Federal Judge Strikes Down Texas Ban on Gay Marriage


A federal judge has struck down Texas' ban on gay marriage, relying on the Supreme Court's decision in the Edie Windsor case to do so.

TexasTwo couples are involved in the case. Mark Phariss and Victor Holmes decided to file suit after being denied a license in San Antonio in October. And Cleopatra De Leon and Nicole Dimetman, who were married in Massachusetts, say Texas officials are violating their rights and those of their child by not recognizing their marriage. Attorney Daniel McNeel Lane represents both couples.

LoneStarQ reports:

U.S. District Judge Orlando L. Garcia granted a preliminary injunction that would bar Texas from enforcing the bans pending trial.

However, Garcia stayed his decision pending an appeal to the 5th U.S. Circuit Court of Appeals in New Orleans. Even if he had not stayed the decision, the preliminary injunction would have applied only to the two same-sex couples who filed the lawsuit challenging the marriage bans, known as DeLeon v. Perry.

“The issue before this court is whether Texas’ current definition of marriage is permissible under the United States Constitution,” Garcia wrote in his 48-page decision. “After careful consideration, and applying the laws as it must, the Court holds that Texas’ prohibition on same-sex marriage conflicts with the United States Constitution’s guarantees of equal protection and due process,” Garcia wrote. “Texas’ current marriage laws deny homosexual couples the right to marry, and in doing so, demean their dignity for no legitimate reason. Accordingly, the Court finds these laws are unconstitutional and hereby grants a preliminary injunction enjoining Defendants from enforcing Texas’ bans on same-sex marriage.”

Read the ruling here.

LoneStarQ adds:

In granting the preliminary injunction Garcia found the plaintiffs met a four-pronged test: They showed a likelihood of success at trial; they showed that continued enforcement of the marriage bans would cause irreparable harm; they showed that this harm outweighs any potential harm to the defendants; and they showed that an injunction would serve the public interest.

The case went before Garcia in February.

The Dallas Morning News adds:

“Today’s court decision is not made in defiance of the great people of Texas or the Texas Legislature, but in compliance with the U.S. Constitution and Supreme Court precedent,” he said in his order. “Without a rational relation to a legitimate governmental purpose, state-imposed inequality can find no refuge in our U.S. Constitution.”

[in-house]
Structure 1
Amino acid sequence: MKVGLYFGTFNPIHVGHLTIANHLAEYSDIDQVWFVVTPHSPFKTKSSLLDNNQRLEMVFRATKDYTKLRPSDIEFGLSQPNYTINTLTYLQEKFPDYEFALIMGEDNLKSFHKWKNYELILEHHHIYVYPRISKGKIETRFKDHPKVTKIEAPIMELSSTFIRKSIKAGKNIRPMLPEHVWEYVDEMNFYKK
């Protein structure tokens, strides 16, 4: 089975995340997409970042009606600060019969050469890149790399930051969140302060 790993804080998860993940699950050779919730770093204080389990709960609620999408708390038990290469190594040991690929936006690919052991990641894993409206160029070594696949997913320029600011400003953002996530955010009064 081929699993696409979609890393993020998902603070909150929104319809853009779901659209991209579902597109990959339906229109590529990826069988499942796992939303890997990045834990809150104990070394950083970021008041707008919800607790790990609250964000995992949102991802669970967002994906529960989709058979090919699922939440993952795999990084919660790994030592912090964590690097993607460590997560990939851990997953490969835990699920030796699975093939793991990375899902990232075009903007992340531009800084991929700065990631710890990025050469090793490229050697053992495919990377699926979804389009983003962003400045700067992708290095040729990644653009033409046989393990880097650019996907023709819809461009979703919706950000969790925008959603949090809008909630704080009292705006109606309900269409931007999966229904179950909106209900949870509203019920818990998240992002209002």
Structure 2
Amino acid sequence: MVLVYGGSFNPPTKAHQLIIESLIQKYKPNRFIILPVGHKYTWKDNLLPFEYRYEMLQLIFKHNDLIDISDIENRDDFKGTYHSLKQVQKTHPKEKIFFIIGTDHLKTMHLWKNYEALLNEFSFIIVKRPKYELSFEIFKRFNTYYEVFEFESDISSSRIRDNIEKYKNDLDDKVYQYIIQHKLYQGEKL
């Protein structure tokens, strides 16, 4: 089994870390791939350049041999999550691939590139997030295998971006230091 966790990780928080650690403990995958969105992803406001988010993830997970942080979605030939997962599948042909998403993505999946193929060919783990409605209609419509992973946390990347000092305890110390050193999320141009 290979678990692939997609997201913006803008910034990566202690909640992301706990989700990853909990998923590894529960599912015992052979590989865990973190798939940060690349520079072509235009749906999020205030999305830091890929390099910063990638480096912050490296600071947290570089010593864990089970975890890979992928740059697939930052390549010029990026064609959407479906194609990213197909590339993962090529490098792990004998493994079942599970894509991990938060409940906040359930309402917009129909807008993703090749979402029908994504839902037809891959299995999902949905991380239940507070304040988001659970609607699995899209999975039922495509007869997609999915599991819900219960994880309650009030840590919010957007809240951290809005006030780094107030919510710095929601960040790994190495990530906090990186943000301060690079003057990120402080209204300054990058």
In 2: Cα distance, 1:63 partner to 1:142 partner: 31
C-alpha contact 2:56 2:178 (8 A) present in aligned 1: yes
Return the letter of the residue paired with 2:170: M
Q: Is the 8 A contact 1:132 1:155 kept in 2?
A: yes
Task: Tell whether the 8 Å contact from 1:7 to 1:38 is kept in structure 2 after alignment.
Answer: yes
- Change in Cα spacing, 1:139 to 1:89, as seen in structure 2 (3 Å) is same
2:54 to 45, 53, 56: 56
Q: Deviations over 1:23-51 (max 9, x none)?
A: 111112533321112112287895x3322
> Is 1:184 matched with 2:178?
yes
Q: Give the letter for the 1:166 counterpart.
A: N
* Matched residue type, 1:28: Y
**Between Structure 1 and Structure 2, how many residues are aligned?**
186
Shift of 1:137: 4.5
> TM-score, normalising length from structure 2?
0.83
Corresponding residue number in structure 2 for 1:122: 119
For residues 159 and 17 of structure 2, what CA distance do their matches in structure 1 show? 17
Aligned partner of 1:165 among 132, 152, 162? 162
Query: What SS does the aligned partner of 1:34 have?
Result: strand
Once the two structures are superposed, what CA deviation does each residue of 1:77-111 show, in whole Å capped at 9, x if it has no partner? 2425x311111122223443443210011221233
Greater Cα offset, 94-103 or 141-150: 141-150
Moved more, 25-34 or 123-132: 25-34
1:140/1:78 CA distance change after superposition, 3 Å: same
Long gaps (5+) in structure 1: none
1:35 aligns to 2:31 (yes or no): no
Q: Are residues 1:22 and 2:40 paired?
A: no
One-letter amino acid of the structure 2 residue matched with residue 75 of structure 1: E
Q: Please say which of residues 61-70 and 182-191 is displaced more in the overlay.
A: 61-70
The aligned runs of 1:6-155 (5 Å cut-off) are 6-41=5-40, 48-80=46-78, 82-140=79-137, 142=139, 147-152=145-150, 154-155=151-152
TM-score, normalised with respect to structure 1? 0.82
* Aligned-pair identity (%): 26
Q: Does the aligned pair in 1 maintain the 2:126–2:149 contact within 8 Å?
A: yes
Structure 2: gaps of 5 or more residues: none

But Garcia’s ruling, while a major victory for groups seeking to make marriage legal for gay and lesbian couples nationwide, will not win them Texas marriage licenses anytime soon.

Although Garcia issued a preliminary injunction against the state’s enforcing its 2003 law and 2005 constitutional amendment that limit marriage to opposite-sex couples, he stayed it from taking effect until his ruling can be reviewed on appeal.

Attorney General Greg Abbott, who is running for governor, is almost certain to appeal. Most legal experts expect Garcia’s ruling, or similar ones by federal judges in other states, to eventually reach the U.S. Supreme Court.

The case he ruled on was brought by two gay men from Plano who want to get married and two Austin lesbians who want Texas to recognize their out-of-state marriage. It is one of three federal lawsuits challenging the Texas ban — and the furthest along. Nationally, similar battles are underway in federal courts in 23 states.

Federal judges in Kentucky, Virginia, Utah and Oklahoma have all struck down state bans on gay marriage since the Supreme Court DOMA decision last June.


  1. JackFknTwist says

    “….demean their dignity with for no legitimate reason.”

    Read it and weep, religious right.
    “No legitimate reason”
    means that it does not undermine your self styled ‘traditional marriage’.

    But it also implies that there may well be illegitimate reasons that you want to demean our dignity.
    I can think of one – bigotry.

  2. Hey Darlin' says

    Wooow! If this big red state can’t force same sex couples to live under a different standard then there’s huge hope for all southern states.